be due to the effects of nicotine on melanocytes
located along the basal cells of the lining epithe-
lium of the oral mucosa. Nicotine appears to di-
rectly stimulate melanocytes to produce more mel-
anosomes, which results in basilar melanosis with
varying amounts of melanin incontinence (Carpen-
ter, 2009). In our study, melanosis was more preva-
lent among smokers (4%). A study done on 500
Thai patients in Texas, USA showed similar results,
whereas other studies had either higher or lower
prevalences (Jainkittivong et al, 2002; Saraswathi
et al, 2006; Castellanos and Guzman, 2008).
Melan osis was also found in chewers (0.8%). It can
be hypothesised that the mechanical and chemical
irritation from smokeless tobacco may have in-
duced melanin pigmentation.
The pathogenesis of leukoedema is multifactor-
ial and smoking is one of the predisposing factors
or even a major cause (Jahanbani et al, 2009).
Other factors include betel nut chewing and chew-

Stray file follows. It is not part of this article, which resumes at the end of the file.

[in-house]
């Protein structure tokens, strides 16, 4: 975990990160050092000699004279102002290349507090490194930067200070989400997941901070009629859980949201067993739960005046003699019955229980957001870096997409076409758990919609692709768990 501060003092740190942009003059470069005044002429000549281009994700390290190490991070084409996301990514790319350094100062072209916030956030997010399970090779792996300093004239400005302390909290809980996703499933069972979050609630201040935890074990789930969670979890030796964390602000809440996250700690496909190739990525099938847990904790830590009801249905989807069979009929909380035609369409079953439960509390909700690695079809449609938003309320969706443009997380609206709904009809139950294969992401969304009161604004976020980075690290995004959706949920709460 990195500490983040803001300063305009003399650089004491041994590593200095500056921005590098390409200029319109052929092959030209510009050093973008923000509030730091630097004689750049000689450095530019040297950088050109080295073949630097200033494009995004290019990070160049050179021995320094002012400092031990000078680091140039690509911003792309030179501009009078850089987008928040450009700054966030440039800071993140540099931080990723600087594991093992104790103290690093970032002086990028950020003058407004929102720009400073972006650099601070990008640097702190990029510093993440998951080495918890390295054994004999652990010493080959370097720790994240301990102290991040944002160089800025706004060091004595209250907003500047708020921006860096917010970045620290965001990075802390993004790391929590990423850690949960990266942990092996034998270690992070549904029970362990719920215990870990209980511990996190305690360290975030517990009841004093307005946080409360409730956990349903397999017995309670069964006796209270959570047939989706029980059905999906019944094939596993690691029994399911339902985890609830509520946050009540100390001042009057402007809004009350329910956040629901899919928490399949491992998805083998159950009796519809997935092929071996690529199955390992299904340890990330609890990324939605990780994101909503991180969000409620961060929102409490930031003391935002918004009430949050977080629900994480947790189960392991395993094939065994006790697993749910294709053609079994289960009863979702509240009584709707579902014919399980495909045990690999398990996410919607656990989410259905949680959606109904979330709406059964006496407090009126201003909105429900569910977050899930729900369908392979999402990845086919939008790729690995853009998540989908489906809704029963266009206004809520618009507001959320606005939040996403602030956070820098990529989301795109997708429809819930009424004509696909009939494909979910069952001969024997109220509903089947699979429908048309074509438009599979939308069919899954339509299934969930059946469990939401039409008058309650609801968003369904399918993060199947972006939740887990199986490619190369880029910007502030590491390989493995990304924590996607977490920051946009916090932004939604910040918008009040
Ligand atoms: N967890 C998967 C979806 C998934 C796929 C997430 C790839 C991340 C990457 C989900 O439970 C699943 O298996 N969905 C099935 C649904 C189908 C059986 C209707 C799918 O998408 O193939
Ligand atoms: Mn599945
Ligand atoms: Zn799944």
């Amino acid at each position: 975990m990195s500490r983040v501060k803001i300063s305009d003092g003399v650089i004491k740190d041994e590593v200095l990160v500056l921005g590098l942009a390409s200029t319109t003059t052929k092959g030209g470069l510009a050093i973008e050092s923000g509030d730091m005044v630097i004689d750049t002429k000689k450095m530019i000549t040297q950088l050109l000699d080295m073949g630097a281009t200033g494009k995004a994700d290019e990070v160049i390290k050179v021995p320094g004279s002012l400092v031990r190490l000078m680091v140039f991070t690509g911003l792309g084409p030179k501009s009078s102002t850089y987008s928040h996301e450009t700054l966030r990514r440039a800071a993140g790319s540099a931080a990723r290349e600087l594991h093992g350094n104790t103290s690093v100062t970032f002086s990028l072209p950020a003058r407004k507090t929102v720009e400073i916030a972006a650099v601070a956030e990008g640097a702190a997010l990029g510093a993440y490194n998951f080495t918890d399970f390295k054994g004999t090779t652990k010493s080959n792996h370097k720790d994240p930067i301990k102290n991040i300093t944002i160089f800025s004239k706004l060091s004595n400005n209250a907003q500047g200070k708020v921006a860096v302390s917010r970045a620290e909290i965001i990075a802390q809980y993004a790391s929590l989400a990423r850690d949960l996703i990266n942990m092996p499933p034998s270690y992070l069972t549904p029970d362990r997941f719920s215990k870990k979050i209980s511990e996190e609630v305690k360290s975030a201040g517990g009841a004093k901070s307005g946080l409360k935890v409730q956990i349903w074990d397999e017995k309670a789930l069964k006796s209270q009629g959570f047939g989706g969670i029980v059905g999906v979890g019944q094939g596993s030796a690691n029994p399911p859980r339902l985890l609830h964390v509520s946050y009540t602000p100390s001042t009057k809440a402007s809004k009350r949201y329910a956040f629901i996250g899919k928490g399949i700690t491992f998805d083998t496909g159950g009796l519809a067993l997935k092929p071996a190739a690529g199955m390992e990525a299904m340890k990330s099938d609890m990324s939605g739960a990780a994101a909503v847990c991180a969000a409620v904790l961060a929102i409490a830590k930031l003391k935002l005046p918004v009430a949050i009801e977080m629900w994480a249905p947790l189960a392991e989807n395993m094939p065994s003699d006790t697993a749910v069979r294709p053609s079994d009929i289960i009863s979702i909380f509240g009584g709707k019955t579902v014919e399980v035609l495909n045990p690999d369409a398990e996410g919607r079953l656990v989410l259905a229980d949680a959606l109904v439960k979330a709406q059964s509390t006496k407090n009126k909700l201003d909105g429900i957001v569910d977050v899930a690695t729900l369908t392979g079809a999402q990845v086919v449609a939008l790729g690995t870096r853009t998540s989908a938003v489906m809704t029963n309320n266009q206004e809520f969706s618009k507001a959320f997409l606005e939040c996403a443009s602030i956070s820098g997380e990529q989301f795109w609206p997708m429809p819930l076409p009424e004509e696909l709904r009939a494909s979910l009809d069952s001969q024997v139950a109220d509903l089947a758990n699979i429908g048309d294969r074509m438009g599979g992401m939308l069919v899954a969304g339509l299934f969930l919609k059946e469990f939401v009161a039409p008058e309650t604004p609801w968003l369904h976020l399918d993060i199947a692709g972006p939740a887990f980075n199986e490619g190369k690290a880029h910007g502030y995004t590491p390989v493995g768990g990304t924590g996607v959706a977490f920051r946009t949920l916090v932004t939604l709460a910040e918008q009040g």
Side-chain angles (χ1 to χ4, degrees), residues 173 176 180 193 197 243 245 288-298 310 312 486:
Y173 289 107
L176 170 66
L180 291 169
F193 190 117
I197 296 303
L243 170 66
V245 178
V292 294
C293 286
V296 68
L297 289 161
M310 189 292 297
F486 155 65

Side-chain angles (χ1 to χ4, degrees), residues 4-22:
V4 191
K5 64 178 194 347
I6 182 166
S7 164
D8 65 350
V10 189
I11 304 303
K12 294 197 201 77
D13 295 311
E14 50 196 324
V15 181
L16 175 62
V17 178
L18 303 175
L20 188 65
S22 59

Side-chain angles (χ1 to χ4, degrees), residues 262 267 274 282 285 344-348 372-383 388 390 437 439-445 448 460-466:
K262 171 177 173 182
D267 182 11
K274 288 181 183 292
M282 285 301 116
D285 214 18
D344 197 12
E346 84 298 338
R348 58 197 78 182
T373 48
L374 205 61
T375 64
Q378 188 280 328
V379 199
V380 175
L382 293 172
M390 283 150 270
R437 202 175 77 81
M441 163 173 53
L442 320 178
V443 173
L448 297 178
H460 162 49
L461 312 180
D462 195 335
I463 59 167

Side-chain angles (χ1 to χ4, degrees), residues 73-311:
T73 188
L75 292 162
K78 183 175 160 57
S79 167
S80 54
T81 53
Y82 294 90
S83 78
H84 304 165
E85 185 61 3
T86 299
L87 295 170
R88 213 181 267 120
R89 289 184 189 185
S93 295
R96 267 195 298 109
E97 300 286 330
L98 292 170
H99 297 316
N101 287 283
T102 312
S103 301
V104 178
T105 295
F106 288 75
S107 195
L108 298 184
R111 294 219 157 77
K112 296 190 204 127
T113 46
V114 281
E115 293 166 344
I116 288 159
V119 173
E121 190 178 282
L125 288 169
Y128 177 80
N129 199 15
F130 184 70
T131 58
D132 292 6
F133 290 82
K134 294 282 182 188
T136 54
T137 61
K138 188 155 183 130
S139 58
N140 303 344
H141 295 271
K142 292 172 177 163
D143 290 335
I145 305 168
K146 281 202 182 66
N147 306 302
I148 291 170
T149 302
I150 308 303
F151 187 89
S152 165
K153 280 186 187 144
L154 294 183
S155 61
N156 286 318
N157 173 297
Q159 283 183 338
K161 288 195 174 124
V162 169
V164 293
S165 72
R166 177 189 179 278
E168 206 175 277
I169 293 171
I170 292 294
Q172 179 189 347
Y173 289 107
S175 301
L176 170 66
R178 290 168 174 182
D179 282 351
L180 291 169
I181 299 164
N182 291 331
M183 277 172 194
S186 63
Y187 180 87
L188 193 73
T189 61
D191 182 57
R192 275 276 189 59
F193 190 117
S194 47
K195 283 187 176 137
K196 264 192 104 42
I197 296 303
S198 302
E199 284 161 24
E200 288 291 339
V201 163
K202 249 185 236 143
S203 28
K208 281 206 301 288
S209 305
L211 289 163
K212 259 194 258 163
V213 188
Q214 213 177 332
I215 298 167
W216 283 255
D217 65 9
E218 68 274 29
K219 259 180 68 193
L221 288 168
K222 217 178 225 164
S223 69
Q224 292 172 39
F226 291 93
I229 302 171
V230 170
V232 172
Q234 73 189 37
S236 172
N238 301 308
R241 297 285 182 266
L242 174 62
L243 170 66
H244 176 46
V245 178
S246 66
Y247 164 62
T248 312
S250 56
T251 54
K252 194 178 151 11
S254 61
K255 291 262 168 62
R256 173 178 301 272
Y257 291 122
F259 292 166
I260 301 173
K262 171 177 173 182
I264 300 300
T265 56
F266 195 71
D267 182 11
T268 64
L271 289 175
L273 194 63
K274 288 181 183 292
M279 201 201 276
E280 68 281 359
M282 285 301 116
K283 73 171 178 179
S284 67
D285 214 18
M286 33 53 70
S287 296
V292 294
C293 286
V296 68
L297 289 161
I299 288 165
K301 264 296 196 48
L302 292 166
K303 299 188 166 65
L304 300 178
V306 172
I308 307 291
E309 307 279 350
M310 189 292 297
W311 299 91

ing of cocoa leaves (Wyk, 1985). In our study, leu-
koedema was more prevalent among smokers (7%)
Table 3 Tobacco-associated lesions among the study groups
Tobacco-associated lesions Group 1 Group 2 Group 3 Total
No. % No. % No. % No. %
Tobacco-associated melanosis 59 4 13 0.8 10 0.6 82 5.4
Leukoedema 108 7 6 0.3 5 0.3 119 7.8
Smokers palate 73 4.6 0 0 7 0.5 80 5.2
Oral submucous fbrosis 0 0 30 2 3 0.2 33 2.2
Lichenoid reaction 0 0 7 0.4 5 0.4 12 0.8
Tobacco pouch keratosis 0 0 21 1.4 1 0.06 22 1.4
Chewers mucosa 0 0 30 2 8 0.5 38 2.5
Homogenous leukoplakia 25 1.6 16 1 7 0.4 48 3.1
Speckled leukoplakia 1 0.06 4 0.3 2 0.1 7 0.4
Malignancy 0 0 2 0.1 0 0 2 0.1
No lesion 49 3.3 30 2 8 0.4 87 5.7
Table 2 Prevalence of tobacco habit among the study group
Age groups (years)
520 2135 3650 5165 6680
1 13 64 51 43 11 182
2 13 79 35 12 4 143
3 2 25 5 4 0 36
Chandra et al
152 Oral Health & Preventive Dentistry
in the age group of 36 to 50 years and 51 to 65
years. These fndings were similar to those of previ-
ous studies (Wyk, 1985; Zain and Razak, 1989;
Reichart et al, 1987; Mathew et al, 2008; Jahan-
bani et al, 2009; Castellanos and Guzman, 2008).
Whitish mucosa with red centres is a character-